The Science Behind Mindfulness Meditation

Can mindfulness meditation really bring benefits? What’s the science behind mindfulness meditation? What are the hard facts? I did a detailed research on many studies conducted by leading universities and medical experts to find answers.

My observation is that the science is still “catching up”. Science has found that there are many benefits. However, exactly how it happens is still under investigation. 

The American Psychological Association explains the science behind mindfulness meditation as follows.

Mindfulness meditation appears to develop the skill of self-observation, which neurologically disengages the automatic pathways that were created by prior learning and enables present-moment input to be integrated in a new way. Meditation also activates the brain region associated with more adaptive responses to stressful or negative situations. Activation of this region corresponds with faster recovery to baseline after being negatively provoked.”

The following is useful information on scientific research conducted by various organizations on mindfulness meditation. Please note that information on this page should not be considered as medical advice. You must see a qualified medical practitioner for any health concerns. Don’t use these articles to replace conventional care or as a reason to postpone seeing a health care provider about a medical problem.

American Psychological Association

In an article published by The American Psychological Association, various methods of research on mindfulness meditation have found the following benefits.

Reduced rumination: In case you don’t know what rumination is, it’s the process of continuously thinking the same negative and depressing thoughts, this can cause mental disorders and intensify depression. In a study conducted in 2008, 20 novice meditators were asked to participate in a 10-day intensive mindfulness meditation retreat. After the retreat, the group had significantly higher self-reported mindfulness, decreased negative self-talk, fewer depression symptoms, less rumination and significantly better working memory capacity.

Stress reduction: There were 39 studies conducted in 2010 that explored the use of mindfulness-based stress reduction and mindfulness-based cognitive therapy. 

The researchers concluded that mindfulness-based therapy may be useful to:

  • Improve working memory capacity
  • Increase your ability to focus
  • Help disengage from emotionally upsetting pictures 
  • Help in forming satisfying relationships

Harvard University Research on the science behind mindfulness meditation

Harvard scientist Dr. Herbert Benson has insisted that the mind plays a critical role in the body’s health and disease states. He says that a simple intervention aimed at emptying the mind of the constant barrage of intrusive thoughts can achieve major benefits for the body.

Another article published by Harvard University has said mindfulness meditation can benefit against an array of conditions both physical and mental, including anxiety, depression, post-traumatic stress disorder (PTSD), irritable bowel syndrome, fibromyalgia, and psoriasis.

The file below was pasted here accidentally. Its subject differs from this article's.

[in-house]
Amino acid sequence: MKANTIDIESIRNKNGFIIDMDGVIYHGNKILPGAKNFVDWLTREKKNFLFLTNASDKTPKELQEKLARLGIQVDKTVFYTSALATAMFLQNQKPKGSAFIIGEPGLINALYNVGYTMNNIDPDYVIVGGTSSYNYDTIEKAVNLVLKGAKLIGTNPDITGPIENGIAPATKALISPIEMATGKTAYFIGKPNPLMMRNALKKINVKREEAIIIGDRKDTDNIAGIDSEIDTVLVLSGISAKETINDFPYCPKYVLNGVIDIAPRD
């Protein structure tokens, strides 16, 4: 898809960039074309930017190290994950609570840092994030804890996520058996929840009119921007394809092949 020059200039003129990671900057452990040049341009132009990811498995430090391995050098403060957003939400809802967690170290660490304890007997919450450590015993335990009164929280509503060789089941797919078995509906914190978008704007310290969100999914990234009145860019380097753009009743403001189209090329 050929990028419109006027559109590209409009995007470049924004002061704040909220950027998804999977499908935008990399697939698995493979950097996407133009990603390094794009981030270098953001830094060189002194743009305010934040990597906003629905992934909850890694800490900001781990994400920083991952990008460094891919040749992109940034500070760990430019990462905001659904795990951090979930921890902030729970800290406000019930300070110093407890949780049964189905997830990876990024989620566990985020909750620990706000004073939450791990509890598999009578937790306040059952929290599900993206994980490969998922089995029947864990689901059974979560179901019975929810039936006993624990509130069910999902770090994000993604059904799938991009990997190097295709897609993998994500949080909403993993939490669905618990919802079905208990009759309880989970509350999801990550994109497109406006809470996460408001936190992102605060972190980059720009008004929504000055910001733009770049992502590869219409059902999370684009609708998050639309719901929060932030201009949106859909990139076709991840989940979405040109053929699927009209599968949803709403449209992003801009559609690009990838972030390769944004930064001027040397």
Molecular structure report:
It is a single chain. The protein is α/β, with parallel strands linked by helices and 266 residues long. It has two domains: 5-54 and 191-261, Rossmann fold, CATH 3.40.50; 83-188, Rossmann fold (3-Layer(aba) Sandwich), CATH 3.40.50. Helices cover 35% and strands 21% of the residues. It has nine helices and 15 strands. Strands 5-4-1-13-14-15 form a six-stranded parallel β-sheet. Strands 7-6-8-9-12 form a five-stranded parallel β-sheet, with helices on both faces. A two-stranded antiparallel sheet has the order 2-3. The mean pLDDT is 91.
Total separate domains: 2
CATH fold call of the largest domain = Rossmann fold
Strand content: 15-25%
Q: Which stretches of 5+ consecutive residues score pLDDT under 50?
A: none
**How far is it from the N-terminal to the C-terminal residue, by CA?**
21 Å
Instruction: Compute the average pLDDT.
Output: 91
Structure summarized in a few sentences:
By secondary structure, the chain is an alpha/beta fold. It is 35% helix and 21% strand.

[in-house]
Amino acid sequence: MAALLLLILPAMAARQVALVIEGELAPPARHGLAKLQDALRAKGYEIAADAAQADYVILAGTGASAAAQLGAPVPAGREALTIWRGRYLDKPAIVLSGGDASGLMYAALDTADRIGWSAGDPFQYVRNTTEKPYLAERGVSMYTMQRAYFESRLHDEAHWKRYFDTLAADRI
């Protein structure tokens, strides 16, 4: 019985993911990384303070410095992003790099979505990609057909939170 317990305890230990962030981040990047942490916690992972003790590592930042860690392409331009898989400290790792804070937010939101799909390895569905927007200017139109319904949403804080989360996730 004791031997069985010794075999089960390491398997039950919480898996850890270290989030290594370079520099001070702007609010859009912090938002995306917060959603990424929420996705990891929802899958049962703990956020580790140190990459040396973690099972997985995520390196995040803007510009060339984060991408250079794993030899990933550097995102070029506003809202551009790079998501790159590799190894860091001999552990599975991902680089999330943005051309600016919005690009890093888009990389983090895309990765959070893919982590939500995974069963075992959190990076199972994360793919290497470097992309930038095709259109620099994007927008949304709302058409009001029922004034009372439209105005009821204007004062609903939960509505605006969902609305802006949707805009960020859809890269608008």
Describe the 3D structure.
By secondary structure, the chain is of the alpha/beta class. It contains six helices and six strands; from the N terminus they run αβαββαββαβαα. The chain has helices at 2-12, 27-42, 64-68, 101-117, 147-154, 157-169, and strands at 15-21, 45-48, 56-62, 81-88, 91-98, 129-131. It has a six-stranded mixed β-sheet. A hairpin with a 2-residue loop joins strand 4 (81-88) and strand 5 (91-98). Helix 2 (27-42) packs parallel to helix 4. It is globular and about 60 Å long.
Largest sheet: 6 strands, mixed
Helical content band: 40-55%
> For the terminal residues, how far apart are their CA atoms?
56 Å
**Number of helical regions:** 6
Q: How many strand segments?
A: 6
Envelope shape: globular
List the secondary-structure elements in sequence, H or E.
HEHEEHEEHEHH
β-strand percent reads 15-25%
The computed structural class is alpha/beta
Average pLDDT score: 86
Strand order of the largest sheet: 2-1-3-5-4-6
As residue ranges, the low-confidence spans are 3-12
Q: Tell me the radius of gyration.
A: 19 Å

Watch this video from Harvard University

The U.S. Department of Health and Human Services

An article published by The National Institute of Health says the following:

Many studies have investigated meditation for different conditions, and there’s evidence that it may reduce blood pressure as well as symptoms of irritable bowel syndrome and flare-ups in people who have had ulcerative colitis. It may ease symptoms of anxiety and depression and may help people with insomnia.”

The article also says:

Some research suggests that meditation may physically change the brain and body and could potentially help to improve many health problems and promote healthy behaviours.”

  • In a 2012 study, researchers compared brain images from 50 adults who meditate and 50 adults who don’t meditate. Results suggested that people who regularly practice mindfulness meditation have more folds in the outer layer of the brain. This process (called gyrification) may increase the brain’s ability to process information.
  • A 2013 review of three studies suggests that meditation may slow, stall, or even reverse changes that have taken place in the brain due to normal aging.
  • Results from a 2012 NCCIH-funded study suggested that meditation can affect activity in the amygdala (a part of the brain involved in processing emotions), and that different types of meditation can affect the amygdala differently even when the person is not meditating.
  • Research about meditation’s ability to reduce pain has produced mixed results. However, in some studies, scientists suggested that meditation activates certain areas of the brain in response to pain.

Read the full article here.

The above is just a fraction of information available on the science behind mindfulness meditation. The science and research have proven beyond any doubt that mindfulness and meditation can bring many health benefits.

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